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Christopher Reinert Topics
Rights > HealthLongevity > Vision > Interns > Christopher Reinert > Sociology > Philosophy > Psychology > Innovation
Christopher Reinert
Denialism vs Skecpticism by Christopher Reinert

In the past few weeks, I have been working on an in class project where I had to explain the ethical issues scientists face when presenting their research to the public. During my research, I found an essay that inspired me to write the following…

Rights > HealthLongevity > Personhood > Vision > Interns > Christopher Reinert > FreeThought > Futurism
Christopher Reinert
Emotional Autonomy: Categories and Logics by Christopher Reinert

Building a robot that can act autonomously in an environment has long been the goal of roboticists. The most common, colloquial definition of an autonomous robot is a robot(s) that can perform desired tasks in unstructured environments without continuous human guidance (1). This a fairly general definition that applies equally well to domestic and military robots, but does not specify how to give the robot autonomy.

Rights > HealthLongevity > GlobalDemocracySecurity > Vision > Interns > Christopher Reinert
Christopher Reinert
Technological Adolescence by Christopher Reinert

I remember sitting in a psychology class and being told that as students, we were studying one of the four next frontiers in science. The other three frontiers are deep sea and space exploration and the quantum world. This statement left an impression on me, but not in the way I thought it would. As I thought about this statement, I was left wondering why the general public was not interested in exploring these scientific frontiers.

Rights > HealthLongevity > Economic > Vision > Interns > Christopher Reinert > Enablement
Christopher Reinert
Education for the Future by Christopher Reinert

Is it worth going to four years of university to earn two degrees which did not automatically ensure employment? Extrapolating further into the future, what would the value of a college level education be in an economy where professions originally only the domain of humans had been mechanized? Would technical or vocational educations still be a valuable investment if those fields were mechanized?

Rights > HealthLongevity > GlobalDemocracySecurity > Vision > Bioculture > Interns > Christopher Reinert > Futurism > SciTech
Christopher Reinert
Writing the Future by Christopher Reinert

There is an argument in popular culture that claims science fiction authors have over the past century routinely predicted the development of new technologies and new social problems. Proponents of this argument cite supposed predictions of geosynchronous satellites, the internet and artificial intelligence as proof. The issue with these predictive claims, aside from supposing that a science fiction authors possess extraordinary clairvoyant powers, is that such arguments ignore the scores of failed predictions. However, the basic question is...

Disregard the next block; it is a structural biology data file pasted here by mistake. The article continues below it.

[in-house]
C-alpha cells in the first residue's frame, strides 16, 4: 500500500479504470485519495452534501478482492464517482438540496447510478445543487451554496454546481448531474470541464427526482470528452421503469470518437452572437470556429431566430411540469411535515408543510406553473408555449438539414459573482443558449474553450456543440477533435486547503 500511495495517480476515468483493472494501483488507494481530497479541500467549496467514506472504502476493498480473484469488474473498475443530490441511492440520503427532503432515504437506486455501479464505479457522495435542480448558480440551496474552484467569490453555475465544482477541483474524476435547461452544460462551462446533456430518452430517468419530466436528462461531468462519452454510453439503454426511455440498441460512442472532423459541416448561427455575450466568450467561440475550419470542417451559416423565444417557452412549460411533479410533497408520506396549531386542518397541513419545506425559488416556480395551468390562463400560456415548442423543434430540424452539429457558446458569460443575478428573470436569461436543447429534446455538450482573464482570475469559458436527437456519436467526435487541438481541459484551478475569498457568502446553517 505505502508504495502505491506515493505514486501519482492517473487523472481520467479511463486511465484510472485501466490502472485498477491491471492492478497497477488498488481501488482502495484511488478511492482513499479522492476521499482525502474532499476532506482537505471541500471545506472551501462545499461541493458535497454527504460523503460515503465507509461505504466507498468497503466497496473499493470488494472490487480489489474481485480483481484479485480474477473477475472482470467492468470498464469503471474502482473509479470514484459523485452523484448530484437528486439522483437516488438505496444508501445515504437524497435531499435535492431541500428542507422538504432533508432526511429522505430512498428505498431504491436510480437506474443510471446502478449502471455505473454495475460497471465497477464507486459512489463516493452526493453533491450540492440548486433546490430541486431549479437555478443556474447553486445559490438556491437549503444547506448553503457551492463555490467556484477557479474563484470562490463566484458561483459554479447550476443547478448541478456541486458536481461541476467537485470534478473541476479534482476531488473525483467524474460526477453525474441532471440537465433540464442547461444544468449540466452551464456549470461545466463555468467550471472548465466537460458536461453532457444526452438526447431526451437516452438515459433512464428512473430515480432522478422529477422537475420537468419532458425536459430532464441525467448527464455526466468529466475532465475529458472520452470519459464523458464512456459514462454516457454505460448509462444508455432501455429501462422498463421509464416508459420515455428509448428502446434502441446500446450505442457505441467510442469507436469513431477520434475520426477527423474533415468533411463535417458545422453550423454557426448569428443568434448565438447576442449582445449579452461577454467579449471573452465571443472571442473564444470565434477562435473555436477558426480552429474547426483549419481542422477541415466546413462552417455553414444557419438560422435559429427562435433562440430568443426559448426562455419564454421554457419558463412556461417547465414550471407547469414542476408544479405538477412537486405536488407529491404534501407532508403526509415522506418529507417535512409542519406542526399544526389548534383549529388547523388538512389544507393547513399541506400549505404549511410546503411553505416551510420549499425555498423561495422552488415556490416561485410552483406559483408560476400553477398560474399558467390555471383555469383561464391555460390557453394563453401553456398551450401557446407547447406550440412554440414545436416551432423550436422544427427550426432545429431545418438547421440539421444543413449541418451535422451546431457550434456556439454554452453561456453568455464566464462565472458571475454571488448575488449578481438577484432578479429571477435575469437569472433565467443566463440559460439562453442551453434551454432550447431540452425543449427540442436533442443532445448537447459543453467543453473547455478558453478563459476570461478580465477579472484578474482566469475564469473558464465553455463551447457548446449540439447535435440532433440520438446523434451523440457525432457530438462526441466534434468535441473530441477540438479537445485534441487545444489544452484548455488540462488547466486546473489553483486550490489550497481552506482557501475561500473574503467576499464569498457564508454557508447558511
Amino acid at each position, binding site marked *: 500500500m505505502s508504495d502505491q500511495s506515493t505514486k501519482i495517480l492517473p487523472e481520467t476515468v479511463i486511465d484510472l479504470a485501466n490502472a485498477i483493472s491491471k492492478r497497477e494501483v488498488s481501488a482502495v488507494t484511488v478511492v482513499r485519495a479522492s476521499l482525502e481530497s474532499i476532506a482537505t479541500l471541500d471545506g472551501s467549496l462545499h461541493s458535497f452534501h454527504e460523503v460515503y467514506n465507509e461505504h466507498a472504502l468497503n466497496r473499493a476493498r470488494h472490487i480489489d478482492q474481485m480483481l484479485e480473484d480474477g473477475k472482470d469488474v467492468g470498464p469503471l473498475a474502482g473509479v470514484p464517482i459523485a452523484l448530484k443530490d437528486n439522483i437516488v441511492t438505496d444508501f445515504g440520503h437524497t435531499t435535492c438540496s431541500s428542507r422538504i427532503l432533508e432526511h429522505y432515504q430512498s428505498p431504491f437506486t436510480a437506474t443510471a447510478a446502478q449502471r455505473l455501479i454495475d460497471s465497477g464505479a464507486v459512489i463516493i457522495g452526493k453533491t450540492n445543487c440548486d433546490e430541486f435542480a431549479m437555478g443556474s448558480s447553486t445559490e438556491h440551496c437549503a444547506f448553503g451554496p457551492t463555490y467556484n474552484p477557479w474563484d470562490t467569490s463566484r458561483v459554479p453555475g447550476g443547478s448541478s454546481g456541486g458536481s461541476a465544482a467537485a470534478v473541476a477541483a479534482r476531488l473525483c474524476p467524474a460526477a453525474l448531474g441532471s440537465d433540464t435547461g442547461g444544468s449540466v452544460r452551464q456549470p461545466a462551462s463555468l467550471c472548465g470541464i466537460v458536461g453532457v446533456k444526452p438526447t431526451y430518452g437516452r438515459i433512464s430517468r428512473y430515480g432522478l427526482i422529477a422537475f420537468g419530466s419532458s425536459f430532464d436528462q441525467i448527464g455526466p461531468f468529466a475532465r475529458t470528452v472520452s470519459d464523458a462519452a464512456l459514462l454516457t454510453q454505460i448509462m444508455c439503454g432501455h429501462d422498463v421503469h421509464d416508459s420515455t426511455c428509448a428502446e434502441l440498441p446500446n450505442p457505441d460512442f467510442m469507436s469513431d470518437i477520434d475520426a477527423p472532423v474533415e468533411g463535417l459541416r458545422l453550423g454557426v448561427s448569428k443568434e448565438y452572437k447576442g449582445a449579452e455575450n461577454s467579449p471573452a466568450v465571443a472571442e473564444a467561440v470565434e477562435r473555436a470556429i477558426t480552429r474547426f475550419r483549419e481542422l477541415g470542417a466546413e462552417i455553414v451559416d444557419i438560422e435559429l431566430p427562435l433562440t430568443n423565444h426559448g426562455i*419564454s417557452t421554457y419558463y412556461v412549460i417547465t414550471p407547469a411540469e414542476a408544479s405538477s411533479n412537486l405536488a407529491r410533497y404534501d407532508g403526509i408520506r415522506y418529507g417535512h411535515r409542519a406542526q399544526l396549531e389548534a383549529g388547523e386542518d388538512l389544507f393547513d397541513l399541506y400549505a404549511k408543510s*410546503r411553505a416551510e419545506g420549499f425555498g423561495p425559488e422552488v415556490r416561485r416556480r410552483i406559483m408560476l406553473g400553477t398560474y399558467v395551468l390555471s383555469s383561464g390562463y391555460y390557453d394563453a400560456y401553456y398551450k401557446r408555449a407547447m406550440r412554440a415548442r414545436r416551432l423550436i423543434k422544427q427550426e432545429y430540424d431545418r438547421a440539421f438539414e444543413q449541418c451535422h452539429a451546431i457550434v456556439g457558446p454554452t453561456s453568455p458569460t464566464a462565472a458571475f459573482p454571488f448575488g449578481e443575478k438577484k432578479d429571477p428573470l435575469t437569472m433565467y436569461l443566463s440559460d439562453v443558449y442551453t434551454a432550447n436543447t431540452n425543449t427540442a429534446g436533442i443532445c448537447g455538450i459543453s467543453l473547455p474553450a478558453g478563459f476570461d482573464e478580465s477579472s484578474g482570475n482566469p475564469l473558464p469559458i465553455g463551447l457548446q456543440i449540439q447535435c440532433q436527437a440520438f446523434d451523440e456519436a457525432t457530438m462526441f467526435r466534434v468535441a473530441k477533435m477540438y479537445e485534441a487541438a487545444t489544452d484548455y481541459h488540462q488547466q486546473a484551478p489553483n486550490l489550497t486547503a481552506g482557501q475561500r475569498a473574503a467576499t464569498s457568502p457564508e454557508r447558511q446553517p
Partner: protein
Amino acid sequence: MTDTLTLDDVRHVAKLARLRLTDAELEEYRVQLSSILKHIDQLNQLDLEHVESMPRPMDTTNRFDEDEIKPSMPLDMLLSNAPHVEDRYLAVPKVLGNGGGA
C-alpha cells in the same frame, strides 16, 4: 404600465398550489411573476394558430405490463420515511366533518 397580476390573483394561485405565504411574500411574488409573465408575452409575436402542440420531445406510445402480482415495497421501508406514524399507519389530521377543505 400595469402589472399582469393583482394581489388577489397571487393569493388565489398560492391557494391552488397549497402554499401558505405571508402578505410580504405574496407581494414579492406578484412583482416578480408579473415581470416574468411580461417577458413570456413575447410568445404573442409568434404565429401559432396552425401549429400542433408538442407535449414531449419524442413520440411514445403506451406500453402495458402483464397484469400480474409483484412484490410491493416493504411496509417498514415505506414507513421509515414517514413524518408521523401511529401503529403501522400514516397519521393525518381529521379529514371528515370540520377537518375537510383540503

Rights > HealthLongevity > GlobalDemocracySecurity > Vision > Interns > Christopher Reinert > Enablement > Futurism > SpaceThreats > Biosecurity > SciTech > Resilience
Christopher Reinert
Engineering the Future: Geoengineering by Christopher Reinert

Geoengineering has an image problem. Some proposed geoengineering projects, such as space mirrors or cloud seeding, seem like they come from the pages of a science fiction novel. Those who propose these projects are treated with belittling rhetoric. Other projects face a different type of imaging problem; the project’s proponents are accused of having vague or unspecified goals and timelines. Such projects are summarily dismissed as being idealistic, out of touch or nebulous.

Rights > HealthLongevity > Personhood > Vision > Bioculture > Interns > Christopher Reinert > FreeThought > Sociology > Philosophy
Christopher Reinert
Film as a Research Source by Christopher Reinert

By the time you have finished reading this sentence, you will be acutely aware of the sensation of your back resting against the chair. This demonstration is used by psychology lectures to demonstrate that people are largely unaware of the vast majority of sensations that they experience. This disregard stems in part from mechanical limitations of the brain and the need to maintain a stable body image. The mechanical limitations are not germane to the topic of the paper beyond saying that the brain can only process so much incoming sensory i...